In September, we made a three day trip to the mangroves of Bhitarkanika in NE Odisha. Saltwater crocodiles, Monitor Lizards and Kingfishers are the top draw in addition, of course, to the fabulous mangroves itself and the million mysterious creeks.
The Bhitarkanika mangrove conservation area comprises of Bhitarkanika National Park and Wildlife Sanctuary and Gahirmatha Marine Sanctuary approximating around 3000 sq km area of which around 4.8% (145 sq km) area has mangrove cover.
This deltaic, estuarine-mangrove wetland system, harbours the highest diversity of Indian mangrove flora, the largest known rookery of the olive ridley sea-turtles in the world, the last of the three remaining population of salt-water crocodiles in India, the largest known population of king cobra, one of the largest heronry along the east coast of India and one of the highest concentration of migratory waterfowls – both ducks and waders. The loss of mangrove of Bhitarkanika is mainly due to human encroachment and reclamation of land for agriculture and unsustainable resources use practices such as aquaculture activities. [Courtesy: Wildlife Institute of India].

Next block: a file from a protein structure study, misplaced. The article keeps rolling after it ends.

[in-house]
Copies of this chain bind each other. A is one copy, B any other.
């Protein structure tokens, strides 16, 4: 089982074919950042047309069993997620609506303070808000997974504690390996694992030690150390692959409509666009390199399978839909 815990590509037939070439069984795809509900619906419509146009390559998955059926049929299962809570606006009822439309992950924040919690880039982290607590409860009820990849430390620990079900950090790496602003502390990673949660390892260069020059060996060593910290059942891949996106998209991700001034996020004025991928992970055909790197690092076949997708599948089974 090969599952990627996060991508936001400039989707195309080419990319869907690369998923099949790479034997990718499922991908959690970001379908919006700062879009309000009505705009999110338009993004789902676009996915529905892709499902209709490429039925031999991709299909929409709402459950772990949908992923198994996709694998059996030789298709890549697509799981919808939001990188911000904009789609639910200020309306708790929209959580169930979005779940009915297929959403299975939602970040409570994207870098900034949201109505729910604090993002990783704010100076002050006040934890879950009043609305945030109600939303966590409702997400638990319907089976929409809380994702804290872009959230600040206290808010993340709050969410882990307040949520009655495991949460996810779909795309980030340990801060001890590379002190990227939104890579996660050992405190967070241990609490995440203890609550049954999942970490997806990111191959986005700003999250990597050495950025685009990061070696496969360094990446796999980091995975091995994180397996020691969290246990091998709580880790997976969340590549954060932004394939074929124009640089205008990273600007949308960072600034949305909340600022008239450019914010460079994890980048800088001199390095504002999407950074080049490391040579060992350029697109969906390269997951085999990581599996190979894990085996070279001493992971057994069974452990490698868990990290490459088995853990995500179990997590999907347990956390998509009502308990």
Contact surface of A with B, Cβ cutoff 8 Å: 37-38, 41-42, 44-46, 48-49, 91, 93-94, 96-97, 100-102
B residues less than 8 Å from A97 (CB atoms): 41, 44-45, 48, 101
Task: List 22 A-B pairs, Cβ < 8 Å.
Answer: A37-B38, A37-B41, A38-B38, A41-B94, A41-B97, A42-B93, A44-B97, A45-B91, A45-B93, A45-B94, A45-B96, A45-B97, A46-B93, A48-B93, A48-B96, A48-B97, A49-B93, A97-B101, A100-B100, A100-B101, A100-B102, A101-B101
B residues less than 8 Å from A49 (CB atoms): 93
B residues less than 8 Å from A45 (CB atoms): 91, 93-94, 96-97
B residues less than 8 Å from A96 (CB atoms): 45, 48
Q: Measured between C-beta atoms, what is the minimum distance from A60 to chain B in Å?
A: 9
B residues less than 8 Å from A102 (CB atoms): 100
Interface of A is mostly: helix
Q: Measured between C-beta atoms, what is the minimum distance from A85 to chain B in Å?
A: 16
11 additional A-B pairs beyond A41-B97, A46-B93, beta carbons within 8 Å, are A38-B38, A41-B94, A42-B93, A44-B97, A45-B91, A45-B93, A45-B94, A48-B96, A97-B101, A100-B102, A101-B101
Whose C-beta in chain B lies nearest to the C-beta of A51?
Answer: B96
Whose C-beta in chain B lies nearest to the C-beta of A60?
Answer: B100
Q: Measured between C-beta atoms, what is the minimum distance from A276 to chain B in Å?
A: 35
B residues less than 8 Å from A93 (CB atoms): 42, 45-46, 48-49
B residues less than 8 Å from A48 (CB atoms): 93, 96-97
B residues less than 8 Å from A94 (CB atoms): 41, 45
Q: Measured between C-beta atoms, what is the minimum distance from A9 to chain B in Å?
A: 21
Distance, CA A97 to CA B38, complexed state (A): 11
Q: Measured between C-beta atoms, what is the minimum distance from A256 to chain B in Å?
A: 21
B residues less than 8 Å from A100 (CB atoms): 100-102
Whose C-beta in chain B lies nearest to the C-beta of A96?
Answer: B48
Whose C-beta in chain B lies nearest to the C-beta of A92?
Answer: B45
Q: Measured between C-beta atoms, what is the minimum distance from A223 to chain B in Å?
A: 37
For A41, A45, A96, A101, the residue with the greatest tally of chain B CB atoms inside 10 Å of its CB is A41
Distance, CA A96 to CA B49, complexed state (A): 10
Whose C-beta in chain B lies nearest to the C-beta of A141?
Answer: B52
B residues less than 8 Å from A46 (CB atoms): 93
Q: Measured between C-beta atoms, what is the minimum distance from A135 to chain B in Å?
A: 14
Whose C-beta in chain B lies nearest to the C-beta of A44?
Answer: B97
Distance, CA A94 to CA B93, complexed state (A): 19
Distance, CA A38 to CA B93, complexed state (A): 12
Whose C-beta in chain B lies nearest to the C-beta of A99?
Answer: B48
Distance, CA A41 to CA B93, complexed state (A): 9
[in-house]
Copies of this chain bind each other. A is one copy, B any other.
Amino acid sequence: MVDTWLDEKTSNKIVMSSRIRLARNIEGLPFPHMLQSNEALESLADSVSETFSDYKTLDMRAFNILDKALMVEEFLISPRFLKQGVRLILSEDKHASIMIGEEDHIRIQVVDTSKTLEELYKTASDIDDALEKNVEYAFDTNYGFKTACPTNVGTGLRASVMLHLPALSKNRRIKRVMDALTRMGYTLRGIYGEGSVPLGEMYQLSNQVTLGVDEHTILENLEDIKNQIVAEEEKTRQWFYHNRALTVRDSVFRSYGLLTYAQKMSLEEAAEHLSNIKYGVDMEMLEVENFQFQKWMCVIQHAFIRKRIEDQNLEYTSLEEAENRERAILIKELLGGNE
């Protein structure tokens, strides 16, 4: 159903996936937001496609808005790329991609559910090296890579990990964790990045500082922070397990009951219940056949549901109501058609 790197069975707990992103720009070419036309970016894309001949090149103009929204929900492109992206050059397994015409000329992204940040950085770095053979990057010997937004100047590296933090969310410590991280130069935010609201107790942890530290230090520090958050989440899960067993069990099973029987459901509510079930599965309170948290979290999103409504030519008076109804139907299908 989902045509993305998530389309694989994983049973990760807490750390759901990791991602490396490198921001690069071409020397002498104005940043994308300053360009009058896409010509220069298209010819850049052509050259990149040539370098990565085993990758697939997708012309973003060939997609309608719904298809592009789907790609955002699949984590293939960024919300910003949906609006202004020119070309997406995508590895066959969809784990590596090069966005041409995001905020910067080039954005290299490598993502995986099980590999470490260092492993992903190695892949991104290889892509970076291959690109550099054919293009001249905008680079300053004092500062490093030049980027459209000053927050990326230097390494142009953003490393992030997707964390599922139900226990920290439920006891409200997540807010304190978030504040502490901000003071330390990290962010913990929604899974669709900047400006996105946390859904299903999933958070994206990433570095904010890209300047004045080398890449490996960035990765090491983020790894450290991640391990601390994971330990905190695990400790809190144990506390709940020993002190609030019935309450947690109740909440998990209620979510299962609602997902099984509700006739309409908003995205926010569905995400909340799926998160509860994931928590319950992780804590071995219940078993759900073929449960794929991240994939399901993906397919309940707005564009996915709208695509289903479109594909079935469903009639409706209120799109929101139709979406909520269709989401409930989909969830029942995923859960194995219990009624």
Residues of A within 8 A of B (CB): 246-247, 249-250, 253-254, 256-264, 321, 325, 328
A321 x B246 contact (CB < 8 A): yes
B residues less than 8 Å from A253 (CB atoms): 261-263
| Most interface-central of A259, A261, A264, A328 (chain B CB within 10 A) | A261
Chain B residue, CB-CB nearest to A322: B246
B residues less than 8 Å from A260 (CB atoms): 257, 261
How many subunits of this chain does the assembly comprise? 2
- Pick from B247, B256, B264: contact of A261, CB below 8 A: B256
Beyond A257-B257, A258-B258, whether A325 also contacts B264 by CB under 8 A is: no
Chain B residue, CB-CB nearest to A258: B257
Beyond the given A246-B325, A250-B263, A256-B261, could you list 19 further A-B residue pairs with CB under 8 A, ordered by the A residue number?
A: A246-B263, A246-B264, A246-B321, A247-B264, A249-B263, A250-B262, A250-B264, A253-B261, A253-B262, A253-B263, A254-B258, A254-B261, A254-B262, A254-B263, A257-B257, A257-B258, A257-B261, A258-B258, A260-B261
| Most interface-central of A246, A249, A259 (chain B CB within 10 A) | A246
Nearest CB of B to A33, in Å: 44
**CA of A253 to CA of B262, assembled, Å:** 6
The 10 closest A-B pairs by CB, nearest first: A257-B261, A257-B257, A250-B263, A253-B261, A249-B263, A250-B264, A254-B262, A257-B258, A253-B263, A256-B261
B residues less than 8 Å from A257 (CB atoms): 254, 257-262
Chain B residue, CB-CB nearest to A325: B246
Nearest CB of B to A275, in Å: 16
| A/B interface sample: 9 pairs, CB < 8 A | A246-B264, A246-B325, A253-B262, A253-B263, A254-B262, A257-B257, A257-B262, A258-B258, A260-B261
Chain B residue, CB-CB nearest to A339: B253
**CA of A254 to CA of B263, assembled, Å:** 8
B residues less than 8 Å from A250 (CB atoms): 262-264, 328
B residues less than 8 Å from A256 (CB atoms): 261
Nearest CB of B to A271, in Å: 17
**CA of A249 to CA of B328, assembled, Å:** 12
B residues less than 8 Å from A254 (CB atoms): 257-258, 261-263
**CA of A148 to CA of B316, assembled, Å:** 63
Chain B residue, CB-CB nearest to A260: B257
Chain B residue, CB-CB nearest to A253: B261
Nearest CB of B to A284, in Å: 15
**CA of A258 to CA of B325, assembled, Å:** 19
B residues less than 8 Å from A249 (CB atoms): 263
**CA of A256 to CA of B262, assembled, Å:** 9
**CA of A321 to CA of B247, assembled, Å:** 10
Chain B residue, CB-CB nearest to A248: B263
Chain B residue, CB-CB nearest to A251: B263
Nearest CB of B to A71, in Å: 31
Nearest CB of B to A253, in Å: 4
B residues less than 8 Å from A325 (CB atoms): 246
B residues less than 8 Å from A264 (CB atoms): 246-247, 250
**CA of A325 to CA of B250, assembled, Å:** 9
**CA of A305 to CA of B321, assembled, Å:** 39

We stayed at the functional yet resourceful Bhitarkanika Jungle Resort.